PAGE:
You can raise a hopeful child, no matter what their circumstances.
Last month you learned that teaching your child to think and behave hopefully becomes an anchor, holding them steady in times of challenge.
Easier said than done. Especially when you have a child like Axel who is literally dredging his feet into the floor, held down by the roots of “I can’t.” There’s nothing more frustrating than knowing he can but not knowing how to help him get there.
Although those despairing roots can reach deep in a child’s heart and mind, they can be uprooted and something new can be planted. Hope.
I love visualizing hope like a garden—a beautiful garden that brings respite and encouragement to all who enjoy it. Hope is the seed, and you are the gardener. As a gardener, you use different tools to help that seed flourish.
Here are seven simple tools to raise a hopeful child.
Step 1: Vision. No gardener sets out haphazardly throwing seed around, expecting an organized and beautiful garden to spring up. Instead, successful gardeners envision exactly what they want to plant, when, and why. Before you even begin, envision what your hopeful child will look like, sound like, and do each day. Ask Holy Spirit to shape your vision and give you insight into who God designed your child to be. Then write down that vision. Everything you do from this point forward should be done with intention to move your child toward that vision.
Step 2: Prepare. A gardener prepares the soil and seed and gathers tools before planting. Prepare the soil in your child’s heart by praying over them (especially praying the vision that Holy Spirit has given you). Collect as many tools (resources) that you might need and ask other parents for support.
Step 3: Plant. Now here’s where it gets active—you have to do the work. Sometimes tough, dirty work! You plant seeds by using two specific tools: language and behavior. These two seeds stimulate thinking in children. Because of the stage of brain development, your child will learn more by watching what you are doing rather than listening to the words you are saying. Model the words and behaviors that you envision for your child. Refuse to allow exposure of things that grow despair (usually media and negative people).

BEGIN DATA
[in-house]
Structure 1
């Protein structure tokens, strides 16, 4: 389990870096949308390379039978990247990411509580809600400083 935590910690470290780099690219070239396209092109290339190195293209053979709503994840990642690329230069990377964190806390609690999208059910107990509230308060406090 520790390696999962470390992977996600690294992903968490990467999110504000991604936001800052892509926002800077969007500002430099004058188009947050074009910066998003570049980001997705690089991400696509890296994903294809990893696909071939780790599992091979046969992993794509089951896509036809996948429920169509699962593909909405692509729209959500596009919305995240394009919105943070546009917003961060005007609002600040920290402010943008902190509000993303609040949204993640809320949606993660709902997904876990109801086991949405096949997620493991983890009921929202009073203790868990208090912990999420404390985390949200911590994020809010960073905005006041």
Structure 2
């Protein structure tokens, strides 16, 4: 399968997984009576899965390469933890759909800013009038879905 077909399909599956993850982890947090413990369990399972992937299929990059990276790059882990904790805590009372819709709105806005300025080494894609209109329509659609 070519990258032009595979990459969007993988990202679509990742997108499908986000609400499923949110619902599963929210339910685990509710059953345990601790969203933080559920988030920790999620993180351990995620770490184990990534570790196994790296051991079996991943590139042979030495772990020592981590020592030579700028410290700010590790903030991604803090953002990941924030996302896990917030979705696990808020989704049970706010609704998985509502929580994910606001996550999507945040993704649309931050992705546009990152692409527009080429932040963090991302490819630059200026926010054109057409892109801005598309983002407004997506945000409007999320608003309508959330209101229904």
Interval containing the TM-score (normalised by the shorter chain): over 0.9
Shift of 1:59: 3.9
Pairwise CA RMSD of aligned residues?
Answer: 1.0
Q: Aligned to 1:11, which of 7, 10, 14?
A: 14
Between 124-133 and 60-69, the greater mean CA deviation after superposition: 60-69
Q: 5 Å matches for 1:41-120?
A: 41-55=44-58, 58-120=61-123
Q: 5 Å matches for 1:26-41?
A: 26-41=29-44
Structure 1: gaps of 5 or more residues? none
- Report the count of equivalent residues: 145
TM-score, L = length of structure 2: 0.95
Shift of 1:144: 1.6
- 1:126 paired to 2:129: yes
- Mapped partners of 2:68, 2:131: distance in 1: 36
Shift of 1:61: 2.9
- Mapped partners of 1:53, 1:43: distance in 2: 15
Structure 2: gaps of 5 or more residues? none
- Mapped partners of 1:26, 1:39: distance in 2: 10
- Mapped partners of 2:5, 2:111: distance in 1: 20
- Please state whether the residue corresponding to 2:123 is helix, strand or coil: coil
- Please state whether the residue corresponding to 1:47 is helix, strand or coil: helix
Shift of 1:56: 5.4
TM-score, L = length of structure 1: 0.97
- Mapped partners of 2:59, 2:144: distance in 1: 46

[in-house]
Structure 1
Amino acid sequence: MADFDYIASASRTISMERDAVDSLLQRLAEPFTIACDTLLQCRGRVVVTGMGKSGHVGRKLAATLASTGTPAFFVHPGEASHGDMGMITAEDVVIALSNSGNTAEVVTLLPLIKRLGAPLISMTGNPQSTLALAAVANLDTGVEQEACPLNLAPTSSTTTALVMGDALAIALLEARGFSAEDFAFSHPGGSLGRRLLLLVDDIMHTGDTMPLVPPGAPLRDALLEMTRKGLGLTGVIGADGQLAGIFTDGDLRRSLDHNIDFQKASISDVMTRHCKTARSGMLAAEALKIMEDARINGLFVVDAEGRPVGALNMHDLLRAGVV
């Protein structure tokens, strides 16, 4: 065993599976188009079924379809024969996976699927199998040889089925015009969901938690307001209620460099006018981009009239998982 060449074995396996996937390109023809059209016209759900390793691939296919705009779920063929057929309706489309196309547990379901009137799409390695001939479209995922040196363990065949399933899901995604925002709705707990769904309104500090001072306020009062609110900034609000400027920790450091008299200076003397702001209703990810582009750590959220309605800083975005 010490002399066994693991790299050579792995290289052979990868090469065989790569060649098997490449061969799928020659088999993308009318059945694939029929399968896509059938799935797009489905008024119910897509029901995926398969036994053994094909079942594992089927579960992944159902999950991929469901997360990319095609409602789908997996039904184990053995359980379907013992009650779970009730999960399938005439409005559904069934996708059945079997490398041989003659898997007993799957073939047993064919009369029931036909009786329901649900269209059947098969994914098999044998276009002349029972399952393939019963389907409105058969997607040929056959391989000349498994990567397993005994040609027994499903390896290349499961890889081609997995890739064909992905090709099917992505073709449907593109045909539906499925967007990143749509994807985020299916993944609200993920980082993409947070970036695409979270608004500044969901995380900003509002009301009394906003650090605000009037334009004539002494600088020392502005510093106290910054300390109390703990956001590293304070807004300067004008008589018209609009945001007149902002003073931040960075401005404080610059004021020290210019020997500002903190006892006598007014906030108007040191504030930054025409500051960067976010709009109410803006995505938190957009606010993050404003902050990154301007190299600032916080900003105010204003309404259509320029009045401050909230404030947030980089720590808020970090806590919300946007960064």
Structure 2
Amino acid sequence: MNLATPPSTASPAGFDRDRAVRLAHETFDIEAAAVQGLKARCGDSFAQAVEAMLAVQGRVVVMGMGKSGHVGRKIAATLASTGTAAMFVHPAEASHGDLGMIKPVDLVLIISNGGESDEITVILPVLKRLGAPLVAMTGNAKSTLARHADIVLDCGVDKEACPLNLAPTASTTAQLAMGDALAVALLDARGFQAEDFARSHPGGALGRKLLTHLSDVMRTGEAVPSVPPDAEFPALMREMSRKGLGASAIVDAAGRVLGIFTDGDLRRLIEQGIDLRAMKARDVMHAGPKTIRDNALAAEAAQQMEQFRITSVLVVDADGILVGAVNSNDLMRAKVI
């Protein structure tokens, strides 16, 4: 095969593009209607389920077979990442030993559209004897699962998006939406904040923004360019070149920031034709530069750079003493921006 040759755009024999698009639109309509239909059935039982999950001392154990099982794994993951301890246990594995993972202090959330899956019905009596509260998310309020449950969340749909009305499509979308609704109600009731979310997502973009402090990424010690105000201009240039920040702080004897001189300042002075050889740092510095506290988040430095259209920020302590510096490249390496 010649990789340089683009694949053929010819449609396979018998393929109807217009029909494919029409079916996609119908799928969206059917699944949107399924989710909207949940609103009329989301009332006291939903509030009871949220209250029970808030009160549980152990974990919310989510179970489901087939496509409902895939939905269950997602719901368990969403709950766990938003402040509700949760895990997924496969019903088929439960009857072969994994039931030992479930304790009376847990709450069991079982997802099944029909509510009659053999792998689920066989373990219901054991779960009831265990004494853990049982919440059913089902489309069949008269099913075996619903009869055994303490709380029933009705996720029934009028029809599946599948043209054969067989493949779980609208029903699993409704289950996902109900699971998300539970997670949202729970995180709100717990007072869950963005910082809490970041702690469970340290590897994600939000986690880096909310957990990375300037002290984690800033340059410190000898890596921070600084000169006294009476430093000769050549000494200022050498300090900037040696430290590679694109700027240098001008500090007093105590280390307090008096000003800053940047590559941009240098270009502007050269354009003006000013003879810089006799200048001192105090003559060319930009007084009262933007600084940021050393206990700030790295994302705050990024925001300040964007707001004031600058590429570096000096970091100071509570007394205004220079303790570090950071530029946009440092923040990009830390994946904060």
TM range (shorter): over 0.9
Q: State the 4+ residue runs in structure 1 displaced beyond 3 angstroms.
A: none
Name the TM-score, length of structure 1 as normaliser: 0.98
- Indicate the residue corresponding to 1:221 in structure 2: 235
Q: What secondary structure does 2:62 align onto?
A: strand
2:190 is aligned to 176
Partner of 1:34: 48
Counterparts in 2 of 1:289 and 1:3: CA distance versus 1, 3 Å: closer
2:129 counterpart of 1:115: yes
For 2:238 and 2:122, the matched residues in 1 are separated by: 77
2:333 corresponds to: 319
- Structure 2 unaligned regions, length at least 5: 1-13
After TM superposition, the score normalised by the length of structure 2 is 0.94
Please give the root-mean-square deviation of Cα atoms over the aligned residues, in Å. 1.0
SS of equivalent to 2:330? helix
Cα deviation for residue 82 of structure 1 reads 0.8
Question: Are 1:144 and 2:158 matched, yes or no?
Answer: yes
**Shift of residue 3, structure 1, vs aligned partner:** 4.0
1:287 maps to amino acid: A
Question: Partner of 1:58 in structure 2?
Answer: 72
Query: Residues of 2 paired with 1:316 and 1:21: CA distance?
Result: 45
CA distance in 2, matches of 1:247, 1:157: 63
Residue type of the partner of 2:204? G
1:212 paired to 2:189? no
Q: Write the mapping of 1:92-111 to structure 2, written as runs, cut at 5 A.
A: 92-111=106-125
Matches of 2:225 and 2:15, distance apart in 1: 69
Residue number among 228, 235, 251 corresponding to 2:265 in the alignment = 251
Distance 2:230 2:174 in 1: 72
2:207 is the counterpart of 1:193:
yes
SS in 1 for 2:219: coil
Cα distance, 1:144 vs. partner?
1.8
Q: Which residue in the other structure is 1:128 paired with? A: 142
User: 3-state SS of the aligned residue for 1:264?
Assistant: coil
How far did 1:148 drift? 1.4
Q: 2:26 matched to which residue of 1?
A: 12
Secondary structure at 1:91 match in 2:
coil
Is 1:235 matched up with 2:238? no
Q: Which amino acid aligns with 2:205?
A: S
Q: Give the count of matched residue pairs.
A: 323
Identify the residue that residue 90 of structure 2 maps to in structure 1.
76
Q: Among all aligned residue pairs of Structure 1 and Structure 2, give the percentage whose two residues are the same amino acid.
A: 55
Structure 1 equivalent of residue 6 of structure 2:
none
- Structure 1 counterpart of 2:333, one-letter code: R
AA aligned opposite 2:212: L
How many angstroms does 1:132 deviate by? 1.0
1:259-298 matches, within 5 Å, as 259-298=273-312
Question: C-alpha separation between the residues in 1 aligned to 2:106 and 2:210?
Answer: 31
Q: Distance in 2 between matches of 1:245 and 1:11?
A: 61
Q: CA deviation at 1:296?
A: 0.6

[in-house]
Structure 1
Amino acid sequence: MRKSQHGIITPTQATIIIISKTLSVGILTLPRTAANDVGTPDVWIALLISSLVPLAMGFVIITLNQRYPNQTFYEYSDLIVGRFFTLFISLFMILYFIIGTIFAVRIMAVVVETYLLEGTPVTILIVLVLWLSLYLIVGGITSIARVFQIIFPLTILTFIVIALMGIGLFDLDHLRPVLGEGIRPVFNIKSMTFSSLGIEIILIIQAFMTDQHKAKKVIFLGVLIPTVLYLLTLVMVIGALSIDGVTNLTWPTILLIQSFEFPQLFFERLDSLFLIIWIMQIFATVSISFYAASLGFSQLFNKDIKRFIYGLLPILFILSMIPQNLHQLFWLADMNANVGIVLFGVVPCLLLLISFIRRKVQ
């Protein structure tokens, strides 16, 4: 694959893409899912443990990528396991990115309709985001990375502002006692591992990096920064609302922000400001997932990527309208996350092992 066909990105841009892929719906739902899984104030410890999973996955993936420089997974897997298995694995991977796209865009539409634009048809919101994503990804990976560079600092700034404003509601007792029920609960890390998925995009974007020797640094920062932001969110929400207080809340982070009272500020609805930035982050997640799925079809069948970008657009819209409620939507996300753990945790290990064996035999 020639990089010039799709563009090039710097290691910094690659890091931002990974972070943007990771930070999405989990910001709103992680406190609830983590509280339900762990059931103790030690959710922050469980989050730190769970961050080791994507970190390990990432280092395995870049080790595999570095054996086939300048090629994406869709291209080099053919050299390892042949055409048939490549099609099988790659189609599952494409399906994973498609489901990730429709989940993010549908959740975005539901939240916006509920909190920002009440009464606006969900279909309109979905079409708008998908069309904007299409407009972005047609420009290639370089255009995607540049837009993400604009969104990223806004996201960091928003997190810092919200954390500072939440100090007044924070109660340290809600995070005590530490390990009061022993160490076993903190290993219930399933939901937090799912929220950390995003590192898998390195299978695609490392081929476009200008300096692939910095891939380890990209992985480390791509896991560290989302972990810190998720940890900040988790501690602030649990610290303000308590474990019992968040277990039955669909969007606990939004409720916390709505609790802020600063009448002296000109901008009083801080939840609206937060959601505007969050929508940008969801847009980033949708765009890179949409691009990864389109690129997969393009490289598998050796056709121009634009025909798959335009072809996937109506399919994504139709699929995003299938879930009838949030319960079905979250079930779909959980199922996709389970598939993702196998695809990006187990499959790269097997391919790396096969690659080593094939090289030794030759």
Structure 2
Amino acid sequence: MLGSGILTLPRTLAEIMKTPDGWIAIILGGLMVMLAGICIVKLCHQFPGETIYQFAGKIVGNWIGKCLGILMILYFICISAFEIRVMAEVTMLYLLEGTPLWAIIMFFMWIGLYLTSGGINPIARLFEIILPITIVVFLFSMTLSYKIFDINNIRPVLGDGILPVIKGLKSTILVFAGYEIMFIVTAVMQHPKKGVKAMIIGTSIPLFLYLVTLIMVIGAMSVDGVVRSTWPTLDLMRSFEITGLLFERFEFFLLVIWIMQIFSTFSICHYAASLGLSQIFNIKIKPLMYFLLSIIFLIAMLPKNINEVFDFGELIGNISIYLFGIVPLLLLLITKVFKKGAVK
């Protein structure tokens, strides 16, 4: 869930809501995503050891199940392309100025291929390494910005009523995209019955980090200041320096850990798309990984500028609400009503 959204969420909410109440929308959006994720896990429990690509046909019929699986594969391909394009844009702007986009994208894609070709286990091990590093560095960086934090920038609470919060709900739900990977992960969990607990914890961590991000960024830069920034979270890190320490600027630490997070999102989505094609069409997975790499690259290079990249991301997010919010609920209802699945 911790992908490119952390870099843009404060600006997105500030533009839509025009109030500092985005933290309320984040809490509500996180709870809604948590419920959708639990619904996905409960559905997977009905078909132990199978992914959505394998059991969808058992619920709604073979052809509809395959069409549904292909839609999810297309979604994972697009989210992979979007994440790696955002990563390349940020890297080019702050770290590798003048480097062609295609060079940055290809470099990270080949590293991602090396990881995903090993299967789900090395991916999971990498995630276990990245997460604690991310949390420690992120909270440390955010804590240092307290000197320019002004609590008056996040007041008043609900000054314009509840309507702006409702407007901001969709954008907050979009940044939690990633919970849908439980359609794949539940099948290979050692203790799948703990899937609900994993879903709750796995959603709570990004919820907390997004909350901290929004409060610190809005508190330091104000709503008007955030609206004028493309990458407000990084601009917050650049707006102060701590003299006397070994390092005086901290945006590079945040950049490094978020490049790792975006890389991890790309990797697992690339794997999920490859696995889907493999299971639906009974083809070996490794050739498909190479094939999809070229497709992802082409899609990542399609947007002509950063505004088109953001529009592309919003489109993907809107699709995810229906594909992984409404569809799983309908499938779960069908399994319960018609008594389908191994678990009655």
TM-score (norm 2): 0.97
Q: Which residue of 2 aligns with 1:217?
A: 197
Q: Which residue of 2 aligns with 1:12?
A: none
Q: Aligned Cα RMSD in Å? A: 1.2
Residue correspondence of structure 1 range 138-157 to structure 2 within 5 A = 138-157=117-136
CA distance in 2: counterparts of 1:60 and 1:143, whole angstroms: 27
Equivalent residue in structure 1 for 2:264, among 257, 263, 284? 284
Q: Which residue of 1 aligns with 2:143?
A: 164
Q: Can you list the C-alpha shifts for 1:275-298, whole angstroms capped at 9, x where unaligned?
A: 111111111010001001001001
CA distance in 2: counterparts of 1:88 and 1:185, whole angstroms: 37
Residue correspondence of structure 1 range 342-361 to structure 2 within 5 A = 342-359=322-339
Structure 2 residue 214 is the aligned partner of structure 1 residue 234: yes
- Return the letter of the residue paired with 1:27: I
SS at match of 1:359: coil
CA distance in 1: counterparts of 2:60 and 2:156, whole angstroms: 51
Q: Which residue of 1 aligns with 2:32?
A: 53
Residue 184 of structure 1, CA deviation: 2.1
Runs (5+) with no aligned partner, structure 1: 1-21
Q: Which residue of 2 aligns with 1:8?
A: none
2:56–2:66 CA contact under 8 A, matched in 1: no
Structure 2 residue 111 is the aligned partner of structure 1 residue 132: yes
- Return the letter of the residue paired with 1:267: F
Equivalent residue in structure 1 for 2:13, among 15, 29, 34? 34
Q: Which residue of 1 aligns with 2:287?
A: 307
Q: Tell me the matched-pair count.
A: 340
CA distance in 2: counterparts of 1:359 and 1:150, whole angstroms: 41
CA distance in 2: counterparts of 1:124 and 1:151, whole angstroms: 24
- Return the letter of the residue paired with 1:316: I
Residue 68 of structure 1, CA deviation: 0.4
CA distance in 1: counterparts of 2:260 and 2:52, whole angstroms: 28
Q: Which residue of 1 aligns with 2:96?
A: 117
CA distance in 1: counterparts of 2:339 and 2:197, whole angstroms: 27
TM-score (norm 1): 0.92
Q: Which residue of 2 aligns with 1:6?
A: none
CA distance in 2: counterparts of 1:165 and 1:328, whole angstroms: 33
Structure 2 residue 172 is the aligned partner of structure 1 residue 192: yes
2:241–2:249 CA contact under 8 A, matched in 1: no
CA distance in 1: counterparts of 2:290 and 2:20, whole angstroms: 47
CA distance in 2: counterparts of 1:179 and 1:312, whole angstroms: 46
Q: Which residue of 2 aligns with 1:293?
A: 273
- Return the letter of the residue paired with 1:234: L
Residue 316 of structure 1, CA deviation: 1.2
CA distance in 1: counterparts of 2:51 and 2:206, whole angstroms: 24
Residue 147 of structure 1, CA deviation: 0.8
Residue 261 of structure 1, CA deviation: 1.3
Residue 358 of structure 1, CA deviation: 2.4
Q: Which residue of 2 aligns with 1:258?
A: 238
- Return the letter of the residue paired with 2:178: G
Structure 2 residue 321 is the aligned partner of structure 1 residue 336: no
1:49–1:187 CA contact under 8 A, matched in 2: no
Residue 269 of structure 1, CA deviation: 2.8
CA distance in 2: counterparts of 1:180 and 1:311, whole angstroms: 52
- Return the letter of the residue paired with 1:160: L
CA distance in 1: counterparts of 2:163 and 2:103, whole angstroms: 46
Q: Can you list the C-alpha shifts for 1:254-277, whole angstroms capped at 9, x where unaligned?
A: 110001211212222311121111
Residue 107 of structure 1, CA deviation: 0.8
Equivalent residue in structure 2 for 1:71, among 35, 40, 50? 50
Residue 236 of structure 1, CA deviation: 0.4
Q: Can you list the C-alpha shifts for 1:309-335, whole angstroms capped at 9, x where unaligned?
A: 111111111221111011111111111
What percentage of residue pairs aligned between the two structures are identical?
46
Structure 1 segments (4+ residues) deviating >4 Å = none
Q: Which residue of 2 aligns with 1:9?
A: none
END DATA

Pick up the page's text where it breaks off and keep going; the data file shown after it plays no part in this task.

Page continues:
Let’s take a break here and reflect on how you can use language and behavior to plant seeds of hope. Remember that hope is the ability visualize goals and develop the motivation to move toward them. Here’s how that language might look with Axel:
“Your homework must be done before you watch TV tonight. How can I help you work toward your goal of watching TV?”
“Last month you had the same struggle with reading, but you overcame it. What personal qualities helped you overcome that challenge?”
By responding with focus toward your child’s goal and his inherent strengths to help him get there, he will naturally move his focus toward what he wants rather than what he perceives he can’t do. It’s even more effective if you respond calmly, modeling a decision toward growth rather than an emotional response to a power struggle.
Trust me, Mama, I’m not perfect at this—and I never was. It’s so much easier to type a hopeful response years later than to speak hopefully in a tough moment. It’s hard and messy. Planting hope always is.
But it’s worth it. Keep remembering that beautiful garden that Holy Spirit has planted in your mind. Hope is growing, day by day, seed by seed.
May the God of hope fill you with all joy and peace as you trust in him, so that you may overflow with hope by the power of the Holy Spirit. (Romans 15:13)
Next month I’ll discuss the last four simple tools for raising hopeful kids. Stay tuned!